I second what Dan Anderson said, but want to focus into a specific part of his answer, prayer.
He is very faithful, and has demonstraited it. Thus you don't want to make this a battle of faith. I assume you don't practice his religion, I'd guess your an athiest, but that doesn't matter. This is what is important to him right now and you need him to feel your respecting those beliefs. If you don't do this then your setting him in a position of breaking is faith, and likely in his mind his loyalty to his mother, for you; that is not going to work well.
Instead I suggest you can make it clear that while you respect his reason and faith you don't think this is what God would want from him. God doesn't want him to be unhappy, he doesn't want to force an undue burden on the children he loves, and ultimately your son has to be able to speak to share his faith with other's to help it spread. After all just because the boy promised God he was willing to keep his vow, and demonstrated that willigness, that doesn't mean God demanded or expected him to keep it. In addition the bible (or no doubt whichever religious text is applicable to his religion) shows numerous examples of God respecting those willing to act in Gods name but also freeing them from the commitment. Abraham's willingness to sacrifice Issac is the most obvious example to me, and it's something believed by christian, Jewish, and Muslums, if your son isn't any of these I still suspect that whatever religion he is has some equivelent story. The point is that God is often Willing to not hold his people to harsh acts in his name or to release them from vows. Your son has already shown his faith to God in keeping silent this long, surly it has been long enough now that God would be willing to release him of that vow, would in fact wan thim to be able to talk and live his life.
Of course your a mere mortal, you can't tell him that, but God can. God is the one person who can give him permission to break this vow without feeling he has condemned his faith. That's where the prayer comes in. Explain this to him and ask him to pray to God on it. He can ask God if this is what God wants, when/if God wants him to speak. He doesn't need to pray for permission to speak, only for guidance in what God would want from him. Does God still demand this of him?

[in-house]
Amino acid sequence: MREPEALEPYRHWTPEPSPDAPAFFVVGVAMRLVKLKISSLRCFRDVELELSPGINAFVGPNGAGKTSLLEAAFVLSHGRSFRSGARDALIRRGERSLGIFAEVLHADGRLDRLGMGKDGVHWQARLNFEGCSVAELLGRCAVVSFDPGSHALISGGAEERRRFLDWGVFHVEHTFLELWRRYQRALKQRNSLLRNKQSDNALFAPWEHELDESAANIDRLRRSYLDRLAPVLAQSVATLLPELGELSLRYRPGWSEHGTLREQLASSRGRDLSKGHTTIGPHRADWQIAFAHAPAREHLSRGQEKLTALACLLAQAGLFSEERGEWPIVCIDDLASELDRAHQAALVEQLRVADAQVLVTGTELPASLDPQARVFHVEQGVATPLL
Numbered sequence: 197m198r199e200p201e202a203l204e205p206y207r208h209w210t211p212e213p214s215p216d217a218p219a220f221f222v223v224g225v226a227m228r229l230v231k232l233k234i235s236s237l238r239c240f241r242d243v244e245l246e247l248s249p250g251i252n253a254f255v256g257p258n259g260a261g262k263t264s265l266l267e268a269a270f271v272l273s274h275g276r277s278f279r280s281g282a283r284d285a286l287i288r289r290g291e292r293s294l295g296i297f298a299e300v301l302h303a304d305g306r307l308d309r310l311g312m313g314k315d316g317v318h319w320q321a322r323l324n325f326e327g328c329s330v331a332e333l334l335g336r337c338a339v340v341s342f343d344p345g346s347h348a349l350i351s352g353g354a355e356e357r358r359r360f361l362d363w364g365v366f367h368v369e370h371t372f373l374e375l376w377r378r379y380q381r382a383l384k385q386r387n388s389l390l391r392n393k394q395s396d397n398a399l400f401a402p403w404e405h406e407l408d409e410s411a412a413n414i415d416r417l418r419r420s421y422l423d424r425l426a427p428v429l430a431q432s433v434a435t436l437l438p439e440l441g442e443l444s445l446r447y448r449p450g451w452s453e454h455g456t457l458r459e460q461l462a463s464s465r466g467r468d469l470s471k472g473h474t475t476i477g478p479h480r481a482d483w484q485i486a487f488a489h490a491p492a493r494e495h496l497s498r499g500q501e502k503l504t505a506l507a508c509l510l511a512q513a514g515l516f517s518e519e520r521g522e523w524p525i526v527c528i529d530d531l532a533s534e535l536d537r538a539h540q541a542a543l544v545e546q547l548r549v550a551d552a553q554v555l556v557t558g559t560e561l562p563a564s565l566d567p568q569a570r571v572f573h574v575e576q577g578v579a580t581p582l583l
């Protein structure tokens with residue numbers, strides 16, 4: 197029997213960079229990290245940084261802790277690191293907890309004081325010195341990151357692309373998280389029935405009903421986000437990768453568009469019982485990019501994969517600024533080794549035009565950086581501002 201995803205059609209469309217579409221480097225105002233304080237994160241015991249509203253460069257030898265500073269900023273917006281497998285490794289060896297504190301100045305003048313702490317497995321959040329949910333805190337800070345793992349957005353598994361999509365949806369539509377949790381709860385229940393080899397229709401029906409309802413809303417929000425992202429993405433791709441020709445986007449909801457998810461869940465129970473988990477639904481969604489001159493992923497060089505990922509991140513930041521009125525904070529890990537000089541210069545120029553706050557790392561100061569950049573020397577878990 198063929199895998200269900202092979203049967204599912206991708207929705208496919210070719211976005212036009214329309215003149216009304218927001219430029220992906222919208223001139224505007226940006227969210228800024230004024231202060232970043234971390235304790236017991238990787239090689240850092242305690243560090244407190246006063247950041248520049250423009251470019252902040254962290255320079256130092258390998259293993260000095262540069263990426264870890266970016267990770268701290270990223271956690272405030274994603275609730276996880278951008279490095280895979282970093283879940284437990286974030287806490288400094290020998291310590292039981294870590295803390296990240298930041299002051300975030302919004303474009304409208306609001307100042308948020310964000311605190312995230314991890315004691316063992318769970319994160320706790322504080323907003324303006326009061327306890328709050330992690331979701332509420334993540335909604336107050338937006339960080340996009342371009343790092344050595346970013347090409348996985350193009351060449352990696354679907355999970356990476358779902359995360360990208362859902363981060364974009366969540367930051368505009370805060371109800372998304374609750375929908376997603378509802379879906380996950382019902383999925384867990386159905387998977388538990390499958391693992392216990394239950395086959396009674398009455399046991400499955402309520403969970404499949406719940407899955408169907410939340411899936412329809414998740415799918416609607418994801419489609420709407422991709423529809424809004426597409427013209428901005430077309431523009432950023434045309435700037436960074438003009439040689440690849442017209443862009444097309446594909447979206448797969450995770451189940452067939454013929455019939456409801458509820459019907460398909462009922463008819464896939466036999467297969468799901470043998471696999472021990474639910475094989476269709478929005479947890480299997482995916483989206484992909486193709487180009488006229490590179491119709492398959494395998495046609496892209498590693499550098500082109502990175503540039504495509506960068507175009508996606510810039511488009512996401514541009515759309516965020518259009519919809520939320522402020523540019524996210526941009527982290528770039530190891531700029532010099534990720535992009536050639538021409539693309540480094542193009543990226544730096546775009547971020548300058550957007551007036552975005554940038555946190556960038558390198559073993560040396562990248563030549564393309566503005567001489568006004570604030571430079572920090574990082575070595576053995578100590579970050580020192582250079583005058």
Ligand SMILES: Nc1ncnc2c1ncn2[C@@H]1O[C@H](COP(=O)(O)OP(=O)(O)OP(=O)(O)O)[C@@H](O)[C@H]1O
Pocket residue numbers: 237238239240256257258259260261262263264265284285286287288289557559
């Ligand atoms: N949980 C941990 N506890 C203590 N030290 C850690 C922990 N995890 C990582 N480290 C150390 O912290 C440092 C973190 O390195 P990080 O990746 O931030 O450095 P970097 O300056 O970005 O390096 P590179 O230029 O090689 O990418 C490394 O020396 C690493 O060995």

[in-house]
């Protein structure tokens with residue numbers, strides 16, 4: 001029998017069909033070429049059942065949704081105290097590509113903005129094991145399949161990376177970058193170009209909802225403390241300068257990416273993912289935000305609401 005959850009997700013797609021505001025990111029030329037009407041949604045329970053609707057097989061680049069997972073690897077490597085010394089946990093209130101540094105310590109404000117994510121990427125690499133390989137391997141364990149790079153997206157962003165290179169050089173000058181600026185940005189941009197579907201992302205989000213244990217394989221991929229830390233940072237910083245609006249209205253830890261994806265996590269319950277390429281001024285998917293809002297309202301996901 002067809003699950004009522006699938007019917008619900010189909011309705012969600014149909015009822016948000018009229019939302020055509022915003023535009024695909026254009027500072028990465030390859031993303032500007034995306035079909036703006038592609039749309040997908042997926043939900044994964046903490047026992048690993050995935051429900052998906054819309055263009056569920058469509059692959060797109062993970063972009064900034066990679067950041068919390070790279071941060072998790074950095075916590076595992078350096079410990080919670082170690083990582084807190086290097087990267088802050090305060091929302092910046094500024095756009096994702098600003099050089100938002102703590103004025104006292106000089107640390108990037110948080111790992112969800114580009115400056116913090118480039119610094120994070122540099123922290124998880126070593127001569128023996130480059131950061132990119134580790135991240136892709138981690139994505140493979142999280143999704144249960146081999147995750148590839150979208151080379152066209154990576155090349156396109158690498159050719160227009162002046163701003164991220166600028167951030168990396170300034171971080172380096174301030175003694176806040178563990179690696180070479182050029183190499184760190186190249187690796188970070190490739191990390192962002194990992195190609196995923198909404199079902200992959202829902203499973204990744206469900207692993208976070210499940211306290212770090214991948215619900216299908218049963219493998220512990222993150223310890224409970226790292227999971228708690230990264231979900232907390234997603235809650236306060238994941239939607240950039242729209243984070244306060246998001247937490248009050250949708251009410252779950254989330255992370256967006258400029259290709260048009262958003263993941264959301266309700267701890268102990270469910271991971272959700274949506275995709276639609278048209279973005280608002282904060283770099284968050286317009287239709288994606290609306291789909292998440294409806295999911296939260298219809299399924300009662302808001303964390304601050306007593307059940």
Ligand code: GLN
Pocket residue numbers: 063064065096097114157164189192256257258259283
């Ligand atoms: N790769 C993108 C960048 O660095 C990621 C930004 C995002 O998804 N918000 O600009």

If you phrase things this way you give him an 'out', a way to speak without needing to actually break his vow. If in his prayer he does not feel as if God is telling him he needs to continue this vow then that means he is free to speak while still having demonstrated his faith, and love of his mother. Until he feels that time is right your respect him and work with his not speaking, but at the same time you can also make it clear that you would much prefer his being able to speak and that you can't wait until he feels he has been released from that promise. This respects his wishes while still allowing you to reitterate all the reasons life would be easier for him to speak.
If you pray with him you can pray out loud and ask god for permission for him to speak by listing all the reasons why you want it for him and that your son being freed to speak would be a blessing for you because of how much you love your son. That breaking of the vow would not being asked by a selfish son that doesn't want to keep his promise, but by a loving mother who respects her sons faith but also wants loves her son so much she can't stand not having him to talk with. Breaking the vow is now partially a sign of love not of giving up.
I would suggest you seek out a religious figure, as already suggested, also, but I suggest you do this after praying with your son as I mentioned above. In fact pray with your son the night before you go to a religious figure for guidance. Ask God to show her son the right way, and to be there with you tomorrow when you go seek guidance from his priest/rabbi/Mullah/whatever. This means the religious figure will be someone you already prayed for guidance to, someone who God can speak through to give absolution of the vow. Then when/if the figure agrees that God doesn't want your son to keep the vow any longer, that your son has already done more then enough to demonstrate his faith, your have received the guidance you prayed for; litterally as close as you can get to Word of God.
Having said all this, religion may not be the only reason for your son to keep his vow. He may feel this is something he owes his mother, that to speak with you is to somehow be forsaking her. He may not have communicated this to you, either because he can't using just yes/no answers, or because he himself doesn't fuly understand his feelings. Thus in addition to addressing the religious angle I suggest you also address his feelings towards his Mother. Help provide him other ways to remember and respect her, such as making him a locket with a photo of her in it, or starting a routine of thanking his mother for entrusting him to you (prossibly as part of your praying with your son).
If you research, or ask another question on here, your get many other examples of things to do to help him feel close to his mother. For now I just wanted to point out that his feelings may be as much about not wanting his mother to feel he has given up on her, or replaced her with you, and as such you should work to address those potential emotional feelings as well as the religious side of things. Maybe explain you would like to hear more about his mother, who your so thankful for since you wouldn't have him otherwise, and you would love to hear him tell you about her in his own words.